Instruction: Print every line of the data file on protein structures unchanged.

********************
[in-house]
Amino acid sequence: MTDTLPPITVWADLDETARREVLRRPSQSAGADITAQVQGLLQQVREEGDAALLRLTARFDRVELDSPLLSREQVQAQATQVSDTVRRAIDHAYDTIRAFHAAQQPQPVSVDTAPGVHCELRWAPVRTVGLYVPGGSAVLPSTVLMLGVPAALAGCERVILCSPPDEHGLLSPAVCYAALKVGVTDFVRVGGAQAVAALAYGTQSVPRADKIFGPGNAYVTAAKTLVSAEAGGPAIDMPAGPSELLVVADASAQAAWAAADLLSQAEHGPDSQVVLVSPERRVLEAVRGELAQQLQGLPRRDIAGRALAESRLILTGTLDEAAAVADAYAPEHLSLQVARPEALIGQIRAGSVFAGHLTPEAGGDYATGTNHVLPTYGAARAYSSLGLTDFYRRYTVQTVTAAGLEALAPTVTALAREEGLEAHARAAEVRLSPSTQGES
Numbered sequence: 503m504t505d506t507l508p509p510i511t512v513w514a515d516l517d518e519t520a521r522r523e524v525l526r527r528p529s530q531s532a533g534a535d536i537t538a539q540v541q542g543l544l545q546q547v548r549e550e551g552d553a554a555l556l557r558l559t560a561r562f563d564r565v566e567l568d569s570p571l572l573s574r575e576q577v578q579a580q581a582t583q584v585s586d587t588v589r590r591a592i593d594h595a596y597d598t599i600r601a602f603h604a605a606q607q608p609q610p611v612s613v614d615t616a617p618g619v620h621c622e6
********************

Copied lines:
[in-house]
Amino acid sequence: MTDTLPPITVWADLDETARREVLRRPSQSAGADITAQVQGLLQQVREEGDAALLRLTARFDRVELDSPLLSREQVQAQATQVSDTVRRAIDHAYDTIRAFHAAQQPQPVSVDTAPGVHCELRWAPVRTVGLYVPGGSAVLPSTVLMLGVPAALAGCERVILCSPPDEHGLLSPAVCYAALKVGVTDFVRVGGAQAVAALAYGTQSVPRADKIFGPGNAYVTAAKTLVSAEAGGPAIDMPAGPSELLVVADASAQAAWAAADLLSQAEHGPDSQVVLVSPERRVLEAVRGELAQQLQGLPRRDIAGRALAESRLILTGTLDEAAAVADAYAPEHLSLQVARPEALIGQIRAGSVFAGHLTPEAGGDYATGTNHVLPTYGAARAYSSLGLTDFYRRYTVQTVTAAGLEALAPTVTALAREEGLEAHARAAEVRLSPSTQGES
Numbered sequence: 503m504t505d506t507l508p509p510i511t512v513w514a515d516l517d518e519t520a521r522r523e524v525l526r527r528p529s530q531s532a533g534a535d536i537t538a539q540v541q542g543l544l545q546q547v548r549e550e551g552d553a554a555l556l557r558l559t560a561r562f563d564r565v566e567l568d569s570p571l572l573s574r575e576q577v578q579a580q581a582t583q584v585s586d587t588v589r590r591a592i593d594h595a596y597d598t599i600r601a602f603h604a605a606q607q608p609q610p611v612s613v614d615t616a617p618g619v620h621c622e6